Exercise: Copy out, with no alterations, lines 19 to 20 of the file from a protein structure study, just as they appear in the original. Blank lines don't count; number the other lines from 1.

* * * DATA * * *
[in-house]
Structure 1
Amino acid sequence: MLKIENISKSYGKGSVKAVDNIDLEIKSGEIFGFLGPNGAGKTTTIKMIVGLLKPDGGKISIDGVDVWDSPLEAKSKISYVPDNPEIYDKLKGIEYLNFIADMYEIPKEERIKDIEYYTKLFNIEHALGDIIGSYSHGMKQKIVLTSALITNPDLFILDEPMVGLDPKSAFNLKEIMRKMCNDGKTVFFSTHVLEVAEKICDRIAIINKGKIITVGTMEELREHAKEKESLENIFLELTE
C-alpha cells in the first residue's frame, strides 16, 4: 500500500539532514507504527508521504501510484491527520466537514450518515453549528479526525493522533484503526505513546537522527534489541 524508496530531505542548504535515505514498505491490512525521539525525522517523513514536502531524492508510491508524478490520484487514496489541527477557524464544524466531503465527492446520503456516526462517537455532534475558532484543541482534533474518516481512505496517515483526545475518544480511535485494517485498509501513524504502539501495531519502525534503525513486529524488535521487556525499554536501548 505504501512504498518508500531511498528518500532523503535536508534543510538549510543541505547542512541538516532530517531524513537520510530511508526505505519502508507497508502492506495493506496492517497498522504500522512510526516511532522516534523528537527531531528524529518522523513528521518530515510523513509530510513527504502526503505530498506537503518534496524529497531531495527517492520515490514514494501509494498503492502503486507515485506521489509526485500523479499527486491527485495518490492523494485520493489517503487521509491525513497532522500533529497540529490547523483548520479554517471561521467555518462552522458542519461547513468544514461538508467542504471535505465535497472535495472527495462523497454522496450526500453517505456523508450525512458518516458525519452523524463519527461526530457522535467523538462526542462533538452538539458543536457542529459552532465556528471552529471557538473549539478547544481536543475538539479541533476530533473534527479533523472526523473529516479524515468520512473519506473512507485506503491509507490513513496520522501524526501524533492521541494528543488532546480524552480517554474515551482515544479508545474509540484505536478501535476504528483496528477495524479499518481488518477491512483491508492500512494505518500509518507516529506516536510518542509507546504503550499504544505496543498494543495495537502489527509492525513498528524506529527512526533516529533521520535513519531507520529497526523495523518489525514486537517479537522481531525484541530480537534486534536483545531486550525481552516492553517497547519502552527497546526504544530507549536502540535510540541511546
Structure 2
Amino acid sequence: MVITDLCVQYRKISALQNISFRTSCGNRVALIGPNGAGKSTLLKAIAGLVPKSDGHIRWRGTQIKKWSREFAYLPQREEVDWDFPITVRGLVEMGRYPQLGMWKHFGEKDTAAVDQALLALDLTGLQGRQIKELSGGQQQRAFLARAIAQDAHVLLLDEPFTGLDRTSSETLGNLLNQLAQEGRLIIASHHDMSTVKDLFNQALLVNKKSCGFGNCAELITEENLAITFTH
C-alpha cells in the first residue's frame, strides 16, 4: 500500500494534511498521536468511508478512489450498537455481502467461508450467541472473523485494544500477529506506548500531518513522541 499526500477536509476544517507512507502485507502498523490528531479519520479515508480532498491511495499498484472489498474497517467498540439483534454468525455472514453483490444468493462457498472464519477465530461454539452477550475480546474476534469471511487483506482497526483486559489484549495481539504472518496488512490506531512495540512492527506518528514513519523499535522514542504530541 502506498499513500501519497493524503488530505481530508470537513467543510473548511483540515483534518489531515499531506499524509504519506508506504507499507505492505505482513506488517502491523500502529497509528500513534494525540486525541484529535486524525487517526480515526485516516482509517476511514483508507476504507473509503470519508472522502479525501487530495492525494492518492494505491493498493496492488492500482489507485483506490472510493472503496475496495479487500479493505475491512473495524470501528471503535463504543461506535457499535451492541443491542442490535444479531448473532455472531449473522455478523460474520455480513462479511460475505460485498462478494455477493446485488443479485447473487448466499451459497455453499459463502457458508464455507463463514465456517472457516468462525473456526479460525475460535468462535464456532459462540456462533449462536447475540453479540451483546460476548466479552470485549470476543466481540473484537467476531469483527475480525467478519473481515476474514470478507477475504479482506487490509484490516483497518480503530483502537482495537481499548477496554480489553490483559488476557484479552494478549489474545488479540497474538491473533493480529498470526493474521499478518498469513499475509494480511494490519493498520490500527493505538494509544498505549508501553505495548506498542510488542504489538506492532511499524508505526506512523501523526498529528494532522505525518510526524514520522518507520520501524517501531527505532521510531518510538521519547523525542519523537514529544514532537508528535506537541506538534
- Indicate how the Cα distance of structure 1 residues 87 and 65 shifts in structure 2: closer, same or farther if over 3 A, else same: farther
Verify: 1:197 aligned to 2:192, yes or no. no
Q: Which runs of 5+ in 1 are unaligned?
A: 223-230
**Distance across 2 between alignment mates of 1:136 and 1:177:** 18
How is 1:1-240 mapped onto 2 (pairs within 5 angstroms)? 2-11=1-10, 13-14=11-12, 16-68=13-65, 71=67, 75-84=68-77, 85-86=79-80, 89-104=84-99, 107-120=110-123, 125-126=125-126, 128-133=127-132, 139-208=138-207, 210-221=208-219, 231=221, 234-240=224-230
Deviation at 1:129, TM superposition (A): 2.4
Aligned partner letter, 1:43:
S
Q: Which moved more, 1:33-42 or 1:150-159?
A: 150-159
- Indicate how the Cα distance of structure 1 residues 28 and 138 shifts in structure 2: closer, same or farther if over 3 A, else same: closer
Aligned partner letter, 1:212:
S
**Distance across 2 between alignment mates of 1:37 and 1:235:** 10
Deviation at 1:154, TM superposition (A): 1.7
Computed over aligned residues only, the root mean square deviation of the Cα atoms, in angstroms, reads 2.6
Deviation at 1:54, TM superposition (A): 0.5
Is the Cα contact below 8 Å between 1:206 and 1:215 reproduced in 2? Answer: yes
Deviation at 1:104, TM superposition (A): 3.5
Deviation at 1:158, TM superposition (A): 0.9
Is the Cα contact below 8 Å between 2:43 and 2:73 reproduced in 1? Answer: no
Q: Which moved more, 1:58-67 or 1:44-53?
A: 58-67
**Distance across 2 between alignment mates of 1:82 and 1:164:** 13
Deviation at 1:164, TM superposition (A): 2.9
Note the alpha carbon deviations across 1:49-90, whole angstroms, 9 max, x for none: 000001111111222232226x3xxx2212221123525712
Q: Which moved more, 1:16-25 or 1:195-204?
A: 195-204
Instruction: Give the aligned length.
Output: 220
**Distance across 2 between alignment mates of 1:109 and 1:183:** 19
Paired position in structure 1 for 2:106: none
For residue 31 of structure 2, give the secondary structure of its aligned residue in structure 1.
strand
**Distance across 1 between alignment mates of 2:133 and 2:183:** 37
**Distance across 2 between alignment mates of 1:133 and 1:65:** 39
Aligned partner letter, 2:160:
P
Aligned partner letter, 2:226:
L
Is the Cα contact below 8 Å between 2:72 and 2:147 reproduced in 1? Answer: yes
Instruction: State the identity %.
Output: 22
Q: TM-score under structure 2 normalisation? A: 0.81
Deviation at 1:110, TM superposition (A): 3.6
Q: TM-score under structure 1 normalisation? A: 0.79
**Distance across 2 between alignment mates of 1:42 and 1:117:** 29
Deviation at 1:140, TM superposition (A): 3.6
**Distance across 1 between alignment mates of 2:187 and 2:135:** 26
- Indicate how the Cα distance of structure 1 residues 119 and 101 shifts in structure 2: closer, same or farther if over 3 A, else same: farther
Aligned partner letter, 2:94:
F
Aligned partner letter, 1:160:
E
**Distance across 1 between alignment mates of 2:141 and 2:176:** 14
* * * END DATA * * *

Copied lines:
- Indicate how the Cα distance of structure 1 residues 28 and 138 shifts in structure 2: closer, same or farther if over 3 A, else same: closer
Aligned partner letter, 1:212: